No foreseen future for Arabic, Japanese programs

Jacquelyn Voghel, Editor-in-Chief

Over a year after the decision to indefinitely cut Arabic and Japanese course offerings, these languages remain absent from the RWU course schedule.

The decision to discontinue Arabic and Japanese offerings came about in the spring 2016 semester due to low course enrollment in each language, although Robert Eisinger, then dean of the Feinstein College of Arts and Science, expressed that the courses might return in the future.

According to Anthony Hollingsworth, professor of foreign languages and classics and chair of the Department of Modern Languages, Philosophy, and Classics, students have expressed “little to no interest” in these courses since they were discontinued, preventing the department from bringing these classes back. 

When Arabic and Japanese courses were offered, the department often had trouble attracting the desired amount of students into each class, Hollingsworth said. 

Preferably, a class will have at least ten students, and reaching this threshold was particularly difficult with upper-level offerings, he continued. 

In order to gauge interest in potential course offerings, the department looks for interest among students at open houses and summer orientations.

Additionally, current students will sometimes approach the department to express interest in additional language course offerings.

While some languages, such as French and Spanish, can be taken as a major or minor, languages with more limited course offerings are not attached to a major, minor, or Core concentration. As a result, Hollingsworth said that these courses are usually seen as elective credits, which students often find difficult to fit into their schedules

“You have the difficulty of programs, majors needing more and more courses for their requirements… the more classes they need, the fewer courses there are for electives,” Hollingsworth said. 

Joseph Roberts, professor of politics and international relations with a focus on Middle Eastern politics, has also witnessed certain language course offerings being discontinued at RWU, with particular attention on Arabic courses.

While entry-level courses often demonstrated a more sizable enrollment, Roberts observed that these classes “gradually lost students until they become infeasible to offer pedagogically or financially.”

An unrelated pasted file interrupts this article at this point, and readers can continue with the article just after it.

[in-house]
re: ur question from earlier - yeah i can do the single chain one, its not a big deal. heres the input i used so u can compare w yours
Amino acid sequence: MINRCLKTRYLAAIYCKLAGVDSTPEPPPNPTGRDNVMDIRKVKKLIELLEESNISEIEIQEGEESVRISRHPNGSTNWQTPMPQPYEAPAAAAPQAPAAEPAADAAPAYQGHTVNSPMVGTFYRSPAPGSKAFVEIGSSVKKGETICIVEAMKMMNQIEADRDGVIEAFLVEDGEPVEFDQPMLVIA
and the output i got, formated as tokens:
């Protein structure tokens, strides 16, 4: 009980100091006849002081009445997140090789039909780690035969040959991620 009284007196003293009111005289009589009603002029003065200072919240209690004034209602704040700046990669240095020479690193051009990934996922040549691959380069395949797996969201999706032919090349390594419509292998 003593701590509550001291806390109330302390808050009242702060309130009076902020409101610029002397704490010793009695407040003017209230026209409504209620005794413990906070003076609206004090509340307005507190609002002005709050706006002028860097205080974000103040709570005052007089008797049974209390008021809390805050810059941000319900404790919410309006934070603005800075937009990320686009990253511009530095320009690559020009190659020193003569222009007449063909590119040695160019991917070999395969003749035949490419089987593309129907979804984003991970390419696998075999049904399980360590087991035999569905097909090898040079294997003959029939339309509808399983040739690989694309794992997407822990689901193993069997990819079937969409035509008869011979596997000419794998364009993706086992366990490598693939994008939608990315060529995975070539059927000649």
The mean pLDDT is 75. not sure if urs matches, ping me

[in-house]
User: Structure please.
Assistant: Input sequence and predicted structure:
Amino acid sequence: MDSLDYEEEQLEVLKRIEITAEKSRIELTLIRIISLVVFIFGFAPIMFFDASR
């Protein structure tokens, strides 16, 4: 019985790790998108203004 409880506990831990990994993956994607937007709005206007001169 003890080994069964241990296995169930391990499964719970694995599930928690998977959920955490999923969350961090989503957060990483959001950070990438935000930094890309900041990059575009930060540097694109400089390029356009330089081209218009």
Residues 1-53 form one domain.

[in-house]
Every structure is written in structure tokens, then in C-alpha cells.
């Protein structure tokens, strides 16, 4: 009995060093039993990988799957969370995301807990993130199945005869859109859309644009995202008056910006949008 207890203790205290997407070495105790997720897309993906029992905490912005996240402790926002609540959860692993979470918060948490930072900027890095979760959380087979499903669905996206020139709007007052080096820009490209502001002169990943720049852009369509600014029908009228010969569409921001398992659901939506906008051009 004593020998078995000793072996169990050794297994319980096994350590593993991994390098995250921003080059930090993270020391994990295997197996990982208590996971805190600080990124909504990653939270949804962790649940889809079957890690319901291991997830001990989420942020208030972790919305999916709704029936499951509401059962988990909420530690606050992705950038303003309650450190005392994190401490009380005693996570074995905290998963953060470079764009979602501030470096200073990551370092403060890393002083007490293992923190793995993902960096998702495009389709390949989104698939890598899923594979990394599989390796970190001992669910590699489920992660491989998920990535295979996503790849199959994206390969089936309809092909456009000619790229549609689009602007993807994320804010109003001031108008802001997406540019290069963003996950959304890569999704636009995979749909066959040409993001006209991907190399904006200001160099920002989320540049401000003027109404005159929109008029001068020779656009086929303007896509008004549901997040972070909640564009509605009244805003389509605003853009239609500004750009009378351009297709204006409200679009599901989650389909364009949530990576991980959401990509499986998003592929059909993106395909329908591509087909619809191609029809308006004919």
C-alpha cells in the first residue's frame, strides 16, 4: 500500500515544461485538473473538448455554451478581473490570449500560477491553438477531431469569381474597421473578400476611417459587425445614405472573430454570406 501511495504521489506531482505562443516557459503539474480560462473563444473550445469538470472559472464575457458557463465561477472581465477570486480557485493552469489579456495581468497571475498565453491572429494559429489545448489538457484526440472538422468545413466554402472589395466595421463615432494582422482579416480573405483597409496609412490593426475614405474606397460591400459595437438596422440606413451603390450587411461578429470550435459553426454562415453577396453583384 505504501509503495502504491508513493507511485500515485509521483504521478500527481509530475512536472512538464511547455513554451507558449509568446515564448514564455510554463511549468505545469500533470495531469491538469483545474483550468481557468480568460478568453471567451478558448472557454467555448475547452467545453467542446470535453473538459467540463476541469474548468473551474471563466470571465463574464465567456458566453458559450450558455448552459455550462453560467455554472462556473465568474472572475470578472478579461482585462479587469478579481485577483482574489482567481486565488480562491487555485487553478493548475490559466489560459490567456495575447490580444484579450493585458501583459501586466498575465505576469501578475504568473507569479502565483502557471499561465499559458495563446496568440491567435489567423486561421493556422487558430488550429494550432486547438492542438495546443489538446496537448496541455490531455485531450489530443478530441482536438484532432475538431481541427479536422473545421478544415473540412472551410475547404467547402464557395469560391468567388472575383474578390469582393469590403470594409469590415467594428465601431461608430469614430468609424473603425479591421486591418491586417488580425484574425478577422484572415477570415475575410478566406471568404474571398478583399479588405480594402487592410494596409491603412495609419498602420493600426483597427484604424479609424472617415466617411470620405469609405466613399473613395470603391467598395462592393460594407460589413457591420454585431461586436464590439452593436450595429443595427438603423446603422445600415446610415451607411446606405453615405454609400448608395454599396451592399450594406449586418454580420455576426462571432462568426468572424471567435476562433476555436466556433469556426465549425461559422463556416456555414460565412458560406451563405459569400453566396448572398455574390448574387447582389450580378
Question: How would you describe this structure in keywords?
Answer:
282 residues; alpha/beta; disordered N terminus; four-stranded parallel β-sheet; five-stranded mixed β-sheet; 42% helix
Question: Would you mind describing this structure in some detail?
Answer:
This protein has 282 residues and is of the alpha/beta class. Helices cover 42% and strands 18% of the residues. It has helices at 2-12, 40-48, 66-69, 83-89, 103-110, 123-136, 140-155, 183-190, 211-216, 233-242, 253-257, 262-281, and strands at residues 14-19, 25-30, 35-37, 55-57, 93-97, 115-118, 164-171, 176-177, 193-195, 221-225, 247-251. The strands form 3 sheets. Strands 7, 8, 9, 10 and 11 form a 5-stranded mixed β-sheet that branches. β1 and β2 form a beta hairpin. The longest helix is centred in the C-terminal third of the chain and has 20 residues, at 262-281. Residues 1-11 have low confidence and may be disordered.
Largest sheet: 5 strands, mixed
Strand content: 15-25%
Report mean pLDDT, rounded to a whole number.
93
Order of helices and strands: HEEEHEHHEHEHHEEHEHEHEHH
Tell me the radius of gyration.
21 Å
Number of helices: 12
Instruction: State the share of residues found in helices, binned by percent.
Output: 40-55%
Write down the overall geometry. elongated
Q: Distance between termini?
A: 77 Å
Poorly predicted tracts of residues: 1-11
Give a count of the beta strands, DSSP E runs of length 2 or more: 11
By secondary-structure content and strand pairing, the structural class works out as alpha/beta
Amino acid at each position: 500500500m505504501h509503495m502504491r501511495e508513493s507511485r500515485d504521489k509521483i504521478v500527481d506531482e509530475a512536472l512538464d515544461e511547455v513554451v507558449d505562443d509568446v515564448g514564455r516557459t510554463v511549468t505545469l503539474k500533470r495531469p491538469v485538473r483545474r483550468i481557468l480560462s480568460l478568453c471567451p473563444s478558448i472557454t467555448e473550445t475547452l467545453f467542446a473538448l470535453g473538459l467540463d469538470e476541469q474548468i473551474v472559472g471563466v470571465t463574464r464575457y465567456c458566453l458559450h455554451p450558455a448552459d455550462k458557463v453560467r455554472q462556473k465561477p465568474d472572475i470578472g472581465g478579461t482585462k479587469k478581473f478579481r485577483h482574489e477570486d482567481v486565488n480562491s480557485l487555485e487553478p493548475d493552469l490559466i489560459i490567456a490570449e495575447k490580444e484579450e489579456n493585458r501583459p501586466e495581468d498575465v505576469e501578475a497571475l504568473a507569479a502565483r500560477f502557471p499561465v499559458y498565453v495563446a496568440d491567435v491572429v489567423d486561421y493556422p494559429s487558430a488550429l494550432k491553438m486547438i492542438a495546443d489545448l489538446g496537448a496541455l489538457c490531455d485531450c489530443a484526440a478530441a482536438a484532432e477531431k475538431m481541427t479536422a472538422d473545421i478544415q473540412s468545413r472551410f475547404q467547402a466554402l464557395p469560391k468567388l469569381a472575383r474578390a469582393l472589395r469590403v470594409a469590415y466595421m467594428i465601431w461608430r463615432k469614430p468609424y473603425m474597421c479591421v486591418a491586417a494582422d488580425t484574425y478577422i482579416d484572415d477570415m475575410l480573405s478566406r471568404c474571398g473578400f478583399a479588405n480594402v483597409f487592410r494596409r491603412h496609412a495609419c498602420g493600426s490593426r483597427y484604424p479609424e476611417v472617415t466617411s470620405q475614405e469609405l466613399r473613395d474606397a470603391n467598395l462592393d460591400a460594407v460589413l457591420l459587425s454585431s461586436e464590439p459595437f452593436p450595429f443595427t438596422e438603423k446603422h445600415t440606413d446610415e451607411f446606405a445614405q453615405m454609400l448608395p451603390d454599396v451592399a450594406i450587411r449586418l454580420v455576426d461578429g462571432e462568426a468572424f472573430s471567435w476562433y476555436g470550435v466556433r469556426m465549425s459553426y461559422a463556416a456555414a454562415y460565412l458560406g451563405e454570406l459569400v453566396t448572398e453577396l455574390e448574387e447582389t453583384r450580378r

In order to foster an environment where languages such as Arabic can thrive, Roberts believes that the university should invest in a full-time faculty member to teach the language, as well as related extracurriculars and further engagement with textbooks. 

Roberts, who has taught at RWU for ten years, also said that the university “seems to have cut back dramatically on its international focus.”

“The world is more interconnected than ever before, so understanding and embracing the globalized world where students will be working and living is more important than ever,” Roberts said. “That said, the last couple of years [have] seen a dramatic shift in emphasis on campus to local relationships. “

He added, “While these are terrific programs and hugely beneficial to students, faculty, and the communities that are served, we have shifted too far to the local at the expense of the global. There needs to be better balance.”

Ultimately, Hollingsworth expressed that the department will continue to look for opportunities to bring back Arabic and Japanese course offerings, although they will first need to ensure that these programs are sustainable.

“Trying to expand the language program is always central to our mission, but with limited resources we need to make sure that we make good choices,” Hollingsworth said. “Good being defined as ones [where] we know it has legs.”